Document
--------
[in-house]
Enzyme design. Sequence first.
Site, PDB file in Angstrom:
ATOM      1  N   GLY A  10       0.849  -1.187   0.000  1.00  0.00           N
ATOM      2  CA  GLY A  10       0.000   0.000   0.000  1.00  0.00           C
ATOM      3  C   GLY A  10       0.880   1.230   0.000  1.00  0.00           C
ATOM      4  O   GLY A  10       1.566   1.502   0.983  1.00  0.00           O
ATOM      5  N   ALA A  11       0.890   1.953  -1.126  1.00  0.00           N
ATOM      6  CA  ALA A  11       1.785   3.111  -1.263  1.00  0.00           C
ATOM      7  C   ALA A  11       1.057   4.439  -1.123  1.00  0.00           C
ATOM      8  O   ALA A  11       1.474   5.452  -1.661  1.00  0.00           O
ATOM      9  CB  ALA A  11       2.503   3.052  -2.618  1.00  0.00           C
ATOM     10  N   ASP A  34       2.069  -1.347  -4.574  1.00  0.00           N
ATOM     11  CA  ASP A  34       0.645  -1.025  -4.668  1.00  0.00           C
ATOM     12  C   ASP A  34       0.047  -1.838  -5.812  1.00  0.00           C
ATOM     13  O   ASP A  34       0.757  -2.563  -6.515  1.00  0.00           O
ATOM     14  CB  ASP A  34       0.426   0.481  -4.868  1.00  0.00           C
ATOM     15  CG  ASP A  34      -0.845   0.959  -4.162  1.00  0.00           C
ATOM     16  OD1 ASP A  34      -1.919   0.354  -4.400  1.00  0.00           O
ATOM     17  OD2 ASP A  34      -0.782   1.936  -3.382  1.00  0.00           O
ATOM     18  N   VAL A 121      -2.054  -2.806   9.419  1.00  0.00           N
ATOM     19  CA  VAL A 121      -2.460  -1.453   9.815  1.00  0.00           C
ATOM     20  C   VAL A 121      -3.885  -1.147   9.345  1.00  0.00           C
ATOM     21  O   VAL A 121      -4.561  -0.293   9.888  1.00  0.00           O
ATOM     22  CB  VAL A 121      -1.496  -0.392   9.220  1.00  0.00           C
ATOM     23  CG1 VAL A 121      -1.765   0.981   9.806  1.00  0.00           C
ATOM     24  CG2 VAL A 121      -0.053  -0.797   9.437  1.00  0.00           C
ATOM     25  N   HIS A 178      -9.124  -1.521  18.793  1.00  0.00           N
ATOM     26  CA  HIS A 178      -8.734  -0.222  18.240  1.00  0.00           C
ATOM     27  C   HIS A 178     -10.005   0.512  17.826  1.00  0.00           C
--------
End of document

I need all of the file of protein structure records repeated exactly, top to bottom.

[in-house]
Enzyme design. Sequence first.
Site, PDB file in Angstrom:
ATOM      1  N   GLY A  10       0.849  -1.187   0.000  1.00  0.00           N
ATOM      2  CA  GLY A  10       0.000   0.000   0.000  1.00  0.00           C
ATOM      3  C   GLY A  10       0.880   1.230   0.000  1.00  0.00           C
ATOM      4  O   GLY A  10       1.566   1.502   0.983  1.00  0.00           O
ATOM      5  N   ALA A  11       0.890   1.953  -1.126  1.00  0.00           N
ATOM      6  CA  ALA A  11       1.785   3.111  -1.263  1.00  0.00           C
ATOM      7  C   ALA A  11       1.057   4.439  -1.123  1.00  0.00           C
ATOM      8  O   ALA A  11       1.474   5.452  -1.661  1.00  0.00           O
ATOM      9  CB  ALA A  11       2.503   3.052  -2.618  1.00  0.00           C
ATOM     10  N   ASP A  34       2.069  -1.347  -4.574  1.00  0.00           N
ATOM     11  CA  ASP A  34       0.645  -1.025  -4.668  1.00  0.00           C
ATOM     12  C   ASP A  34       0.047  -1.838  -5.812  1.00  0.00           C
ATOM     13  O   ASP A  34       0.757  -2.563  -6.515  1.00  0.00           O
ATOM     14  CB  ASP A  34       0.426   0.481  -4.868  1.00  0.00           C
ATOM     15  CG  ASP A  34      -0.845   0.959  -4.162  1.00  0.00           C
ATOM     16  OD1 ASP A  34      -1.919   0.354  -4.400  1.00  0.00           O
ATOM     17  OD2 ASP A  34      -0.782   1.936  -3.382  1.00  0.00           O
ATOM     18  N   VAL A 121      -2.054  -2.806   9.419  1.00  0.00           N
ATOM     19  CA  VAL A 121      -2.460  -1.453   9.815  1.00  0.00           C
ATOM     20  C   VAL A 121      -3.885  -1.147   9.345  1.00  0.00           C
ATOM     21  O   VAL A 121      -4.561  -0.293   9.888  1.00  0.00           O
ATOM     22  CB  VAL A 121      -1.496  -0.392   9.220  1.00  0.00           C
ATOM     23  CG1 VAL A 121      -1.765   0.981   9.806  1.00  0.00           C
ATOM     24  CG2 VAL A 121      -0.053  -0.797   9.437  1.00  0.00           C
ATOM     25  N   HIS A 178      -9.124  -1.521  18.793  1.00  0.00           N
ATOM     26  CA  HIS A 178      -8.734  -0.222  18.240  1.00  0.00           C
ATOM     27  C   HIS A 178     -10.005   0.512  17.826  1.00  0.00           C